Toronto has joined with 13 other major cities across the world in a commitment to reduce meat consumption and increase access to fruits and vegetables.
The Good Food Cities Declaration, announced at the C40 World Mayors Summit in Copenhagen, aims to achieve a ‘Planetary HealthDiet’ by the year 2030, which will include balanced and nutritious food reflective of the culture, geography, and demography of a region.
Copenhagen, Paris, Tokyo, Los Angeles, and many others sit alongside Toronto on the list of dedicated cities.
We know that cities have the power to make real change, and I am proud to join my colleagues from cities around the world in pledging to work with the sectors most responsible for the climate crisis to meet our #GreenNewDeal goal of keeping global heating below the 1.5℃ target. pic.twitter.com/Y9R0pTo8Pe
— John Tory (@JohnTory) October 10, 2019
The cities involved in the initiative are committing to implementing a series of measures by 2030, including: aligning food procurement to the Planetary Health Diet, (ideally sourced organically); supporting an overall increase of healthy, plant-based food consumption in cities; and reducing food loss and waste by 50% from 2015 data.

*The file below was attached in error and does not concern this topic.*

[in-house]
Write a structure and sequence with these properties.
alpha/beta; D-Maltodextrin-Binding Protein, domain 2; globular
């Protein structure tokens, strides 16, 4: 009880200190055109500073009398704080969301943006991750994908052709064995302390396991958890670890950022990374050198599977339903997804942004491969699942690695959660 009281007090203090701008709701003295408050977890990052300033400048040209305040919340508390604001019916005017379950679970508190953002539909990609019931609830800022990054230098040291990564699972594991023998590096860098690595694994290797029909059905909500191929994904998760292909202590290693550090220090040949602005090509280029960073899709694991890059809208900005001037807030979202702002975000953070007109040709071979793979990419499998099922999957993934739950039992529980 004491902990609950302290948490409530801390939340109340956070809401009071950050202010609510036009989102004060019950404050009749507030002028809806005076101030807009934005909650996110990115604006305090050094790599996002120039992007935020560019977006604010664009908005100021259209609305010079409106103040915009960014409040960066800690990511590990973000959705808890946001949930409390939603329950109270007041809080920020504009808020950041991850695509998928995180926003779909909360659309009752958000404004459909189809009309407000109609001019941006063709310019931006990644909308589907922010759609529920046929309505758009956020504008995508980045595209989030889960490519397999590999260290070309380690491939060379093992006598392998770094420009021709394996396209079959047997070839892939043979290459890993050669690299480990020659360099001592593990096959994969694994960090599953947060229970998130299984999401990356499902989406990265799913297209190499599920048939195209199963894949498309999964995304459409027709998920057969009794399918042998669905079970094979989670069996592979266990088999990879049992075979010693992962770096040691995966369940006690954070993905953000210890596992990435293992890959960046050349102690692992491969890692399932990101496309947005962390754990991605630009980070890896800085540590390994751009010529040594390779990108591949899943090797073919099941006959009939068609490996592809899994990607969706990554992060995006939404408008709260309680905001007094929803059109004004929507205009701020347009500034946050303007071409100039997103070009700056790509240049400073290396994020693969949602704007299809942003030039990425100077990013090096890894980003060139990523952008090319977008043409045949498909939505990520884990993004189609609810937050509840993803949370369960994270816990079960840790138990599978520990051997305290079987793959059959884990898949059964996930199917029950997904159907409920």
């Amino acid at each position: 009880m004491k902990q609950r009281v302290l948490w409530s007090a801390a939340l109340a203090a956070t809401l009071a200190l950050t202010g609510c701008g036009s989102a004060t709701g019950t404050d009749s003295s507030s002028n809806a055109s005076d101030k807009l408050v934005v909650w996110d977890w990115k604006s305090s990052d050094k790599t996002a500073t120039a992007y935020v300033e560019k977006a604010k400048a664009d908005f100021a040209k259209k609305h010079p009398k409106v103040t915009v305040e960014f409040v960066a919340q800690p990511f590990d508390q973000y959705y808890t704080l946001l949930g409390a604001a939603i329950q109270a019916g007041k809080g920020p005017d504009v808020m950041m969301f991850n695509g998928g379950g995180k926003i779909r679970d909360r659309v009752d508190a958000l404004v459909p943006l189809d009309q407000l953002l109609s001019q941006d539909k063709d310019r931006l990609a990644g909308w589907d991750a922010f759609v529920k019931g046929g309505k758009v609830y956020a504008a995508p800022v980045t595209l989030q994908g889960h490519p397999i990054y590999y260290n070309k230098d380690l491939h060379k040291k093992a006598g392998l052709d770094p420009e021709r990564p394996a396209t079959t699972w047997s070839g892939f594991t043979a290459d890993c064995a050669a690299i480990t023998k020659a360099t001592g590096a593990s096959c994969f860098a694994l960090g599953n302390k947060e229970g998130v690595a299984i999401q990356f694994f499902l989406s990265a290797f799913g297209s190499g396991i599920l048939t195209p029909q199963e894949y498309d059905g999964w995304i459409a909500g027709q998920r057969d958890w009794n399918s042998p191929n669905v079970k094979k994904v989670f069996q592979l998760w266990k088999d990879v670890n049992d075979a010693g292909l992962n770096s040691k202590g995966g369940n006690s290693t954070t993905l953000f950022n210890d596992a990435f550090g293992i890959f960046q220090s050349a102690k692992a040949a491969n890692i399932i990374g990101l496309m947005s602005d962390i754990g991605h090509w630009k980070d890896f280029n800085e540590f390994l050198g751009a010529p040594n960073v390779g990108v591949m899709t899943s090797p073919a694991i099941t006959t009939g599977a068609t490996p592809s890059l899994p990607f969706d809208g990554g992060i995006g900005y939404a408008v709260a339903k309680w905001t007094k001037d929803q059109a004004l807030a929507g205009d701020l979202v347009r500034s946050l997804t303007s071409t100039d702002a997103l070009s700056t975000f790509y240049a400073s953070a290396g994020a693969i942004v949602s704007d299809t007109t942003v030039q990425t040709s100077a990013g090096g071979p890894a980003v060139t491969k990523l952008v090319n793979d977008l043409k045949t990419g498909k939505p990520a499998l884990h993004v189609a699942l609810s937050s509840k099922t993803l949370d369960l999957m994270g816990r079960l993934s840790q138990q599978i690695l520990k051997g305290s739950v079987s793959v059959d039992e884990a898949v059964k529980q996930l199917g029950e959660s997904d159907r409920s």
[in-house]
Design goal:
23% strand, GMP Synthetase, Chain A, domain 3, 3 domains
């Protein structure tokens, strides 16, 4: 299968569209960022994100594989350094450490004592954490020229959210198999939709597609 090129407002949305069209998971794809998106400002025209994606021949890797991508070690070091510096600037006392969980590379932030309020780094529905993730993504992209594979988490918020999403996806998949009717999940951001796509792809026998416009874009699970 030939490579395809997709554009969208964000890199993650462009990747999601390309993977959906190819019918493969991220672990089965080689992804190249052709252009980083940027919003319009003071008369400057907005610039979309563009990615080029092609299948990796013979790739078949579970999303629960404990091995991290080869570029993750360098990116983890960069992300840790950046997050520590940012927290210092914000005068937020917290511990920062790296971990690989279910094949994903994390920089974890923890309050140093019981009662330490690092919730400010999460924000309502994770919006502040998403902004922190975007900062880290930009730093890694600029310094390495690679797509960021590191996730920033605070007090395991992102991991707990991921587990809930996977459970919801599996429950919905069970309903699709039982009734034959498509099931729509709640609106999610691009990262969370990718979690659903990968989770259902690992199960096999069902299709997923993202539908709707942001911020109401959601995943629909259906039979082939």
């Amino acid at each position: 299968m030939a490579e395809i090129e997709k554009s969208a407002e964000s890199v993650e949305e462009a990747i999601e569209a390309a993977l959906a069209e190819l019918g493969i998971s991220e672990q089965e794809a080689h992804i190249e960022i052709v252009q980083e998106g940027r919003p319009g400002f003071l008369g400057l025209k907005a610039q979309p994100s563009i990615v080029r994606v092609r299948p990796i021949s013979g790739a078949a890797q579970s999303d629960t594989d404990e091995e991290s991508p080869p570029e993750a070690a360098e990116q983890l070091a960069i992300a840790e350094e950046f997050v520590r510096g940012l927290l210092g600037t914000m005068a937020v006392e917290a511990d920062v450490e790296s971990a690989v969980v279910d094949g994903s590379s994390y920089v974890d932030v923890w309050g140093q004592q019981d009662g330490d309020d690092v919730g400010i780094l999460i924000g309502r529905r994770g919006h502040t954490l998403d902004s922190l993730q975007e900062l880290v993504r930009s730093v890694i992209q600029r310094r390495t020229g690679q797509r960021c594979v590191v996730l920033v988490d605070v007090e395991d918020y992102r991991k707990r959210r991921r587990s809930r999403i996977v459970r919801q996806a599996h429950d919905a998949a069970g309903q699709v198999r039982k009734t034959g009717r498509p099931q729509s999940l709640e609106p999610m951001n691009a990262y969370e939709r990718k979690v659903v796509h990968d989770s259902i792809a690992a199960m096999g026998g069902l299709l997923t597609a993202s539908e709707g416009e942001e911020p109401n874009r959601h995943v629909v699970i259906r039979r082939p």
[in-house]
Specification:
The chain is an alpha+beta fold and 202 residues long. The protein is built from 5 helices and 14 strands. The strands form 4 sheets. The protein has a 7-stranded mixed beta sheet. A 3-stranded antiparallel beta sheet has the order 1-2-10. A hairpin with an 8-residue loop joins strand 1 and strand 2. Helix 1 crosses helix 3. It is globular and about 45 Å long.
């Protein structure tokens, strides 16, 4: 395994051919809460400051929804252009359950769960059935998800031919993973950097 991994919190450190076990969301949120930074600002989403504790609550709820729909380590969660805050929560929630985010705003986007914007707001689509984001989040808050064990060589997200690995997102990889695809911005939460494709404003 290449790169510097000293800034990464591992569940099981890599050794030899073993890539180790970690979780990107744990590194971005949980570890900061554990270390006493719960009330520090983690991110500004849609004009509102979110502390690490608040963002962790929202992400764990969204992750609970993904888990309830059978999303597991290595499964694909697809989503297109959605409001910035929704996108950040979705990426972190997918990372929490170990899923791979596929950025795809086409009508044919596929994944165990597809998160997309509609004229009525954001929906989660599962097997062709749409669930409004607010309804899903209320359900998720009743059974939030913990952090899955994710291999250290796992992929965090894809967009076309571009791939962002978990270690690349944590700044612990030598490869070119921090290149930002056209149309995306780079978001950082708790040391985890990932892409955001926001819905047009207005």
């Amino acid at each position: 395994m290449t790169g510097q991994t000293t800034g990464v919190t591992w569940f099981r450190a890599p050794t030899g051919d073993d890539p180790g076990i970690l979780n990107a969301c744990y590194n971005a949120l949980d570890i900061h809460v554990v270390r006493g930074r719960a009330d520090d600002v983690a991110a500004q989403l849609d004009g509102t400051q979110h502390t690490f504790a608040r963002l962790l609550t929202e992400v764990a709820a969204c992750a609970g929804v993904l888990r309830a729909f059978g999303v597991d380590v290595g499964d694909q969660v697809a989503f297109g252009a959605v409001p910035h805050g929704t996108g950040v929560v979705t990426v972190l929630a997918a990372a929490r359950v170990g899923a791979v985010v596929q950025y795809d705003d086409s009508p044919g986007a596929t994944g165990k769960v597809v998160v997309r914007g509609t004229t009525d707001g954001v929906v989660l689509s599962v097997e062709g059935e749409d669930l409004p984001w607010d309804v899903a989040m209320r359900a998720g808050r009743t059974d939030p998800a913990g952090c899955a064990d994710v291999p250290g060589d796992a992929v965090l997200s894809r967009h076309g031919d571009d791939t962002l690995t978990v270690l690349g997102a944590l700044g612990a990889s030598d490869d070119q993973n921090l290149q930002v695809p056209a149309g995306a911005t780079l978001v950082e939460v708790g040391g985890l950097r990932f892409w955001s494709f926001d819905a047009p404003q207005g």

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The initiative works to support a prompt shift towards more sustainable living, as an official climate emergency has been declared.
“Greenpeace applauds Mayor Tory’s commitment to making Toronto a more healthy, livable and sustainable city,” Greenpeace Canada Nature and Food Campaigner Yasmeen Peer said in a release.
“Implementing this ambitious declaration will be one of the most effective ways Toronto can tackle the climate emergency the city recently declared.”
According to Greenpeace, last week, over 100 scientists around the world including David Suzuki called for city leaders to reduce urban meat consumption. Current livestock emissions are growing, they report, and account for 14.5% of direct global greenhouse gas emissions.
Mayor John Tory addressed the crowd at the C40 World Mayors Summit to emphasize the part that businesses play in forward-looking changes; the video can be watched below.